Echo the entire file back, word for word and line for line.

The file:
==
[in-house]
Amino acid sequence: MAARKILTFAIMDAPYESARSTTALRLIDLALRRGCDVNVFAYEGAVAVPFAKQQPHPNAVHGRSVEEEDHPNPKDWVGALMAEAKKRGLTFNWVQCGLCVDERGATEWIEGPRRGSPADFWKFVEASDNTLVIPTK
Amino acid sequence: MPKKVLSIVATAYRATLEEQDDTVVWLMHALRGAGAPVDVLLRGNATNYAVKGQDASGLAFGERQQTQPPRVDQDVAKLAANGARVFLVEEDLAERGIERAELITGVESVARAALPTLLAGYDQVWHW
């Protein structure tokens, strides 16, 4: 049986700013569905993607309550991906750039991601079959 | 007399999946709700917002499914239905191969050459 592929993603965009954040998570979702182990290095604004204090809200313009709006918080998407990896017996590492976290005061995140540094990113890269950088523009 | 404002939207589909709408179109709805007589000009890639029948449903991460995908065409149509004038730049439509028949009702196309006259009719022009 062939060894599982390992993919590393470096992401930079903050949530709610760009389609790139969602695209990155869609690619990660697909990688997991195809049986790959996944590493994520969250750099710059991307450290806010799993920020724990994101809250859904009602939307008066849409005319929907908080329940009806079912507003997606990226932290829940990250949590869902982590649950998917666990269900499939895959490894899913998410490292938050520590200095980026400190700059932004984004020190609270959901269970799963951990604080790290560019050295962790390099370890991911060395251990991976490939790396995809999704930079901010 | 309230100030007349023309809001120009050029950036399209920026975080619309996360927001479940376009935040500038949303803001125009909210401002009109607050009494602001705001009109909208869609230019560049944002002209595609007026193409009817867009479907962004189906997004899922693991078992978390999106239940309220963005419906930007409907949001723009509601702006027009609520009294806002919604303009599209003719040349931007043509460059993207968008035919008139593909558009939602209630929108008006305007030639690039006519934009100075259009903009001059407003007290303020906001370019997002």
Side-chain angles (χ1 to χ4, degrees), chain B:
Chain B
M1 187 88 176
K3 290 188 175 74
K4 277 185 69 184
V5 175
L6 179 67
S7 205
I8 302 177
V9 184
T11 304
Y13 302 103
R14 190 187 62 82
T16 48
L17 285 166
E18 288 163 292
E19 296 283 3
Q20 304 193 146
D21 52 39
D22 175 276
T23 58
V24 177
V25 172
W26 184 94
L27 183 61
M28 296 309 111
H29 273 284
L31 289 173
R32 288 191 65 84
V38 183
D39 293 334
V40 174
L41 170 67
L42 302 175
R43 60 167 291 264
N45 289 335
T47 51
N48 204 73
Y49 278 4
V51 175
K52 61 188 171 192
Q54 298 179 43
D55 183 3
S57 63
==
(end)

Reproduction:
[in-house]
Amino acid sequence: MAARKILTFAIMDAPYESARSTTALRLIDLALRRGCDVNVFAYEGAVAVPFAKQQPHPNAVHGRSVEEEDHPNPKDWVGALMAEAKKRGLTFNWVQCGLCVDERGATEWIEGPRRGSPADFWKFVEASDNTLVIPTK
Amino acid sequence: MPKKVLSIVATAYRATLEEQDDTVVWLMHALRGAGAPVDVLLRGNATNYAVKGQDASGLAFGERQQTQPPRVDQDVAKLAANGARVFLVEEDLAERGIERAELITGVESVARAALPTLLAGYDQVWHW
């Protein structure tokens, strides 16, 4: 049986700013569905993607309550991906750039991601079959 | 007399999946709700917002499914239905191969050459 592929993603965009954040998570979702182990290095604004204090809200313009709006918080998407990896017996590492976290005061995140540094990113890269950088523009 | 404002939207589909709408179109709805007589000009890639029948449903991460995908065409149509004038730049439509028949009702196309006259009719022009 062939060894599982390992993919590393470096992401930079903050949530709610760009389609790139969602695209990155869609690619990660697909990688997991195809049986790959996944590493994520969250750099710059991307450290806010799993920020724990994101809250859904009602939307008066849409005319929907908080329940009806079912507003997606990226932290829940990250949590869902982590649950998917666990269900499939895959490894899913998410490292938050520590200095980026400190700059932004984004020190609270959901269970799963951990604080790290560019050295962790390099370890991911060395251990991976490939790396995809999704930079901010 | 309230100030007349023309809001120009050029950036399209920026975080619309996360927001479940376009935040500038949303803001125009909210401002009109607050009494602001705001009109909208869609230019560049944002002209595609007026193409009817867009479907962004189906997004899922693991078992978390999106239940309220963005419906930007409907949001723009509601702006027009609520009294806002919604303009599209003719040349931007043509460059993207968008035919008139593909558009939602209630929108008006305007030639690039006519934009100075259009903009001059407003007290303020906001370019997002």
Side-chain angles (χ1 to χ4, degrees), chain B:
Chain B
M1 187 88 176
K3 290 188 175 74
K4 277 185 69 184
V5 175
L6 179 67
S7 205
I8 302 177
V9 184
T11 304
Y13 302 103
R14 190 187 62 82
T16 48
L17 285 166
E18 288 163 292
E19 296 283 3
Q20 304 193 146
D21 52 39
D22 175 276
T23 58
V24 177
V25 172
W26 184 94
L27 183 61
M28 296 309 111
H29 273 284
L31 289 173
R32 288 191 65 84
V38 183
D39 293 334
V40 174
L41 170 67
L42 302 175
R43 60 167 291 264
N45 289 335
T47 51
N48 204 73
Y49 278 4
V51 175
K52 61 188 171 192
Q54 298 179 43
D55 183 3
S57 63